Words by Carlie Tucker
If your business travel takes you to Brisbane for a day or two, and you're looking for a fun activity that's easily accomplished whenever a spare moment presents itself, keep your eyes peeled for the city's street art. This form of expression may not be quite as prolific as it is for our neighbours in Melbourne, but the city is increasingly seeing colourful murals pop up in unexpected places. So much so, that a quick stroll before, during or after work can be surprisingly rewarding.
In The City
If you look closely, Brisbane's CBD offers up a pretty diverse selection of street art scenes. Whether it's a cheeky stencil offering an inspirational message or a massive mural cleverly hidden in plain sight, it's easy to get an eyeful simply by walking to work.
Perhaps one of the most popular spots for street artists in the city is Burnett Lane (near Queen Street). There are plenty of murals across the exterior walls, but don't forget to check out the inside of some of the establishments that call this lane home. For example, Brew offers great food and drink as well as striking interior murals.
If you're looking to spot the works of a more notable name, check out the underpass at Creek and Ann Street (pictured) for a massive mural by Mik Shida.
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Fortitude Valley and Surrounds
Street art and the Valley go hand in hand so it's no surprise that there are plenty of spots to check out if you're on foot. This urban colour even extends well into the surrounding suburbs of New Farm and Newstead. What's better is there are plenty of great restaurants and pubs to grab a bite, so a lunchtime stroll pays off twofold.
One of the best spots to start is James Street. Just between Wheel and Barrow and the James Street Market, a wall with multiple artists's work offers up some colourful creations. Venture a bit further down to Jamie's Espresso at the corner of James and Robinson for yet another mural masterpiece by Mik Shinda. Or get to the heart of the Valley at Coniston Lane for a wall covered with artworks behind The Family nightclub. Even the Tryp hotel (pictured) has gotten onboard with this funky form of art, with large scale murals all over the building and in the rooms.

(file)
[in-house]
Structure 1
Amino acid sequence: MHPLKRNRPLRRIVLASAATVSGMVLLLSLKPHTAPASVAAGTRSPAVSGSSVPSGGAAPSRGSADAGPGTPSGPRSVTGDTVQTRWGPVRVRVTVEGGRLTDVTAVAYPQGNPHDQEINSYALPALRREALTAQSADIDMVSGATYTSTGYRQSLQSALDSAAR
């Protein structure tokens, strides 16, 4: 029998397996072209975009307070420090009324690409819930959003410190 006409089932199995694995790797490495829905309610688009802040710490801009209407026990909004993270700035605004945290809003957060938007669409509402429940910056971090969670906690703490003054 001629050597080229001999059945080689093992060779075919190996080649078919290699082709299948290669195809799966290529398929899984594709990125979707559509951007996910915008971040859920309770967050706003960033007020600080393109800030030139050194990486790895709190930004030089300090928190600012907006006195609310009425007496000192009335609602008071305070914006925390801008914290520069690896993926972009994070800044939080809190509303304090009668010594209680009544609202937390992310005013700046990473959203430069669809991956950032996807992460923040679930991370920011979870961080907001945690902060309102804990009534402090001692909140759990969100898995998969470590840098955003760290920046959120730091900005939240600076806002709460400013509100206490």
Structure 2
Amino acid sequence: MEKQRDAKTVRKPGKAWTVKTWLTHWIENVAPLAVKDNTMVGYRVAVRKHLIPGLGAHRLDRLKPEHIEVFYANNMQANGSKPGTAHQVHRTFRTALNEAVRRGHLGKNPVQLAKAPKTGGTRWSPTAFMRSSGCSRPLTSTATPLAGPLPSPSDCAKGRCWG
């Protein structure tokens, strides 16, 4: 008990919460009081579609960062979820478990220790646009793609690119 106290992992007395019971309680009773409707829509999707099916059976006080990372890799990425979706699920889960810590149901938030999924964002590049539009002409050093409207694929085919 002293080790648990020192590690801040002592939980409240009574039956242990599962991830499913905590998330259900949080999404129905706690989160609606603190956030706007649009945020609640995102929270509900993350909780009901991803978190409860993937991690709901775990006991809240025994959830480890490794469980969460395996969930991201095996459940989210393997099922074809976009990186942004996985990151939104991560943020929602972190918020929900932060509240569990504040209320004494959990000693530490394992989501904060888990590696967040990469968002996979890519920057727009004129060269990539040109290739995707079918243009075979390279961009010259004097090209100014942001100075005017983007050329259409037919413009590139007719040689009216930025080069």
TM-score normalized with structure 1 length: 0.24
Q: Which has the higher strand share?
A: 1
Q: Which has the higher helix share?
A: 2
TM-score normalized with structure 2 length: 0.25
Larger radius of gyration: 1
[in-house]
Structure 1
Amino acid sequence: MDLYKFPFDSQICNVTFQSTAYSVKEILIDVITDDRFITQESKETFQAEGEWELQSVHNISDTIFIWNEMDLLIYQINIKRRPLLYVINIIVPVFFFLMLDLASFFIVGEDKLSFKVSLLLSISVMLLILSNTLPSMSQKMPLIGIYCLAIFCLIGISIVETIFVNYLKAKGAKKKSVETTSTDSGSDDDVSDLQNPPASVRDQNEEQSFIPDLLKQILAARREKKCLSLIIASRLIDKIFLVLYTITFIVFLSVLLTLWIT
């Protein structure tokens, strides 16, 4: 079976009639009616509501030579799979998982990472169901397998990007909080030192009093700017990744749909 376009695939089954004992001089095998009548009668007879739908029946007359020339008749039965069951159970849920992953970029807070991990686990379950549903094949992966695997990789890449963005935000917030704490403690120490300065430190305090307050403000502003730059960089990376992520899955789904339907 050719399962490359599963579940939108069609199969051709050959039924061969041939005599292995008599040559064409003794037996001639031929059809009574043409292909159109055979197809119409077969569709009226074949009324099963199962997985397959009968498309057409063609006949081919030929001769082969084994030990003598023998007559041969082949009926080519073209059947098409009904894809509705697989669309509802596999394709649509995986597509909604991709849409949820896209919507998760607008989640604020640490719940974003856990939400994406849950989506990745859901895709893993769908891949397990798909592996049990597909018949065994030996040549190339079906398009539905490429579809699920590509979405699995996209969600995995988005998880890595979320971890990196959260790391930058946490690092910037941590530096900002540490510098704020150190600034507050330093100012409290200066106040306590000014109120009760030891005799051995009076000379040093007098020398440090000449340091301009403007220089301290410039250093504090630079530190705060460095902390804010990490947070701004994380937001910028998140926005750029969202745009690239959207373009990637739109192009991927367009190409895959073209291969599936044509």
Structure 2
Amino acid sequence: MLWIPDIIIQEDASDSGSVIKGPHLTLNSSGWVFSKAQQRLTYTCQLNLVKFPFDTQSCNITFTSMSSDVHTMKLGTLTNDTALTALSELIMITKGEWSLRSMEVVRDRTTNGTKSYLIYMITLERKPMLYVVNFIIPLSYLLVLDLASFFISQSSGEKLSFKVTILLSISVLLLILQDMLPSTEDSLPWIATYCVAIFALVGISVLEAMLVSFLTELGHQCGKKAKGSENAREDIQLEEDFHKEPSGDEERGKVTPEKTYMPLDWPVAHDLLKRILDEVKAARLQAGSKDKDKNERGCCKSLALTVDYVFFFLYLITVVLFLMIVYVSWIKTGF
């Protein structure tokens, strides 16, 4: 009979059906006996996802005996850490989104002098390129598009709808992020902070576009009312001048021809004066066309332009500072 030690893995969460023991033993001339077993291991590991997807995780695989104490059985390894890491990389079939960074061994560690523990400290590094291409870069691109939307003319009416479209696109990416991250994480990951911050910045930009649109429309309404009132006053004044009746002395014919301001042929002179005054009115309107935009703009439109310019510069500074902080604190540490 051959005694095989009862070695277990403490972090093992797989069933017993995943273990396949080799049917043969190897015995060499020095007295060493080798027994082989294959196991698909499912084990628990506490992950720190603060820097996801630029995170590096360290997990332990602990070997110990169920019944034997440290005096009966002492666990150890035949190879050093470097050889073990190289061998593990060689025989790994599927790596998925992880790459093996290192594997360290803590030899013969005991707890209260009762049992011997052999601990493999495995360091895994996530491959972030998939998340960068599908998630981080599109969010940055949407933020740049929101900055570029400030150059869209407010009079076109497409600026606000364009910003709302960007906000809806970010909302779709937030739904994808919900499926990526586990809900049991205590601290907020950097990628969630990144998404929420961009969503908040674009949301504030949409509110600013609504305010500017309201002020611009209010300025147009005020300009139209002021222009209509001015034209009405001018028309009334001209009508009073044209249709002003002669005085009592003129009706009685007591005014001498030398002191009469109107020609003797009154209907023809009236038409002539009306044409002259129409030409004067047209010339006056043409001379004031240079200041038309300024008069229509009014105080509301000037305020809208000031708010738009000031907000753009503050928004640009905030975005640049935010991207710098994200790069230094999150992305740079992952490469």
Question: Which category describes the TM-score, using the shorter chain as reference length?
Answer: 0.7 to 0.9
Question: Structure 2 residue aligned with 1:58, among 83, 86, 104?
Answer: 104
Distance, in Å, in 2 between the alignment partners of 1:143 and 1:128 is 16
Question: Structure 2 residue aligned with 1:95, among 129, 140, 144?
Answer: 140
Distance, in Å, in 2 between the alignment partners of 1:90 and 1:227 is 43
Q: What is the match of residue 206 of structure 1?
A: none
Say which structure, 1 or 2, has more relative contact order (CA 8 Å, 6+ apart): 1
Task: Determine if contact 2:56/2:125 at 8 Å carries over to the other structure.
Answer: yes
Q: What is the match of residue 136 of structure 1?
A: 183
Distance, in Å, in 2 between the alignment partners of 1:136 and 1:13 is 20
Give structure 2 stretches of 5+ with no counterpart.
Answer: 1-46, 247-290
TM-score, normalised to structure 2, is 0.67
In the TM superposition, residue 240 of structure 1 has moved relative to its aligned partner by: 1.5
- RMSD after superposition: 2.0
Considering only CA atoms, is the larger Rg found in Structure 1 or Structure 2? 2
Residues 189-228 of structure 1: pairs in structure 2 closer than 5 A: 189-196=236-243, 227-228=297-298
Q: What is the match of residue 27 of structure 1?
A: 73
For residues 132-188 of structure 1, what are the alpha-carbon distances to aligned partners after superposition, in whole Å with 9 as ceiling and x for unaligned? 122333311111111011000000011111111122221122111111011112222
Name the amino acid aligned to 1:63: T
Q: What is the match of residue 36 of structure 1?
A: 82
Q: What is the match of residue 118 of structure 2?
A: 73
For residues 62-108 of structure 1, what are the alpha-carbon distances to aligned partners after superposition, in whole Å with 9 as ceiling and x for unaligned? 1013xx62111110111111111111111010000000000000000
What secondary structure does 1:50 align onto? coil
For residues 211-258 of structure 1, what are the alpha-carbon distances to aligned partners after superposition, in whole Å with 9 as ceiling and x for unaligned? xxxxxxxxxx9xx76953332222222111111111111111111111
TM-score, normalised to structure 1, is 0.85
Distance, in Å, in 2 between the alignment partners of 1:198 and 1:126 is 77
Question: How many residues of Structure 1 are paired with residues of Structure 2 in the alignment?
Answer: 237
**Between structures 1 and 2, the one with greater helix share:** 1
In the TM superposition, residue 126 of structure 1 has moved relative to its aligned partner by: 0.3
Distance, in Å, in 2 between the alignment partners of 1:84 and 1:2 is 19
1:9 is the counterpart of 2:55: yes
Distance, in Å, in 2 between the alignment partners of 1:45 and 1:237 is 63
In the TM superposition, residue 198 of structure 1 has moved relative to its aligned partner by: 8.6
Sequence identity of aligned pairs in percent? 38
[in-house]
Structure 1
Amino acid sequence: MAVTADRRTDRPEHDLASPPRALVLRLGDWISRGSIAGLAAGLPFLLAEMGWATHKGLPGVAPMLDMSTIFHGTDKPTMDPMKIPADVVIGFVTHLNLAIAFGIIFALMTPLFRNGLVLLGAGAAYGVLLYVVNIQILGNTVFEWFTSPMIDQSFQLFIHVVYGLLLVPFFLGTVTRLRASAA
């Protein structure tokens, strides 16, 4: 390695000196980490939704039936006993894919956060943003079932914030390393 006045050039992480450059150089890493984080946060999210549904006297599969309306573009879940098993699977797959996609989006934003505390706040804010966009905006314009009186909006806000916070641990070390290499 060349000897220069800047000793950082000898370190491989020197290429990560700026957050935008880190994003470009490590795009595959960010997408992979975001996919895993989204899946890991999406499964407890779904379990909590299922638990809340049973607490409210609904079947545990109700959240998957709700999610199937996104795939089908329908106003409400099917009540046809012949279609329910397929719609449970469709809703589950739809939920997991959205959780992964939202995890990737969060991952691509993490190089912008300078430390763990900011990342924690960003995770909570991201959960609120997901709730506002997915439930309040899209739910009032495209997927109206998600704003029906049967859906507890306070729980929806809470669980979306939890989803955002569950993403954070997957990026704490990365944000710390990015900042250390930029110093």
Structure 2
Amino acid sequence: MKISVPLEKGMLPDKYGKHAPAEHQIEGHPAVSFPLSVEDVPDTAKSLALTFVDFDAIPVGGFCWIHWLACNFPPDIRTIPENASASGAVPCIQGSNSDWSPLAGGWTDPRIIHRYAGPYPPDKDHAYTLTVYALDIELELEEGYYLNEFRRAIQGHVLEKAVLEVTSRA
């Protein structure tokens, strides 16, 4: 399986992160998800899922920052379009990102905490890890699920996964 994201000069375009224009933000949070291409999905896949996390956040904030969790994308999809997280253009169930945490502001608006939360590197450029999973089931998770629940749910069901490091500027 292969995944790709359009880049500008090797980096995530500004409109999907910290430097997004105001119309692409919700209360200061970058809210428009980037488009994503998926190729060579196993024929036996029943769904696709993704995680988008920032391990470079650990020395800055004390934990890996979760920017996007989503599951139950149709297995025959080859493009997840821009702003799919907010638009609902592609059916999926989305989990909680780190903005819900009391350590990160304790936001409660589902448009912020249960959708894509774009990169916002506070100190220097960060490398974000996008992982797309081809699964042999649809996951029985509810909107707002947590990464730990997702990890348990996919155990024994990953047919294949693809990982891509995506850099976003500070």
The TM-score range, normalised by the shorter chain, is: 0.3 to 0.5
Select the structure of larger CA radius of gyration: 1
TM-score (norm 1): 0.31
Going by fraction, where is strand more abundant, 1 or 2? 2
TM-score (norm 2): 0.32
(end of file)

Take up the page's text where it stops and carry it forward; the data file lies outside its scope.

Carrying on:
Further into New Farm, the Brisbane Powerhouse is yet another hotspot for artists, both inside and out. Multiple artists have left their impressions on the exterior walls, but if you have time, there are free exhibitions to walk through across the ground floor. Image courtesy of trypbrisbane.com
Paddington and Surrounds
Should you find yourself in Brisbane's inner west, the likes of Paddington, Red Hill and Milton are ripe with art-spotting opportunities. Naturally a great place to start all inner west adventures, Caxton Street is good for lunch, dinner and drinks as well as street art. Check out Cartel Bar's wall on the corner of Weetman and Caxton for more work by Mik Shida, or head to Given Terrace where artist Tomsen has coloured a side of the Retro Metro.
Moving into Milton, Milton Road features a prominent piece by both Lister and Sofles, a portion of which is pictured above. Even if you're limited to public transport, Platform 1 of the Milton train station has been done up by Twolaks, while walls surrounding the station showcase works by Dan Brok and Mik Shida.
West End and South Brisbane
Business travellers staying south of the river should look to West End and South Brisbane. Not only are these two hotspots humming with a great blend of hotels, restaurants and nightlife, but there are several spaces that showcase some pretty fantastic street art as well.
One of the largest scale projects in the city is the Pillars Project, which commenced in 2014. On the corner of Merivale Street and Montague Road, the pillars of the rail overpass have been painted by several big-name artists. This includes Mik Shida, Drapl, Fintan Magee, Simon Degroot, Gimiks Born and more.
And West End is no slouch when it comes to urban colour. There are multiple streets offering up works by multiple artists. Vulture Street, near Box Vintage, features works by Mik Shida and Andy Harwood. Or hit up Exeter Street, Cambridge Street, Princhester Street and Thomas Street for even more works by multiple artists.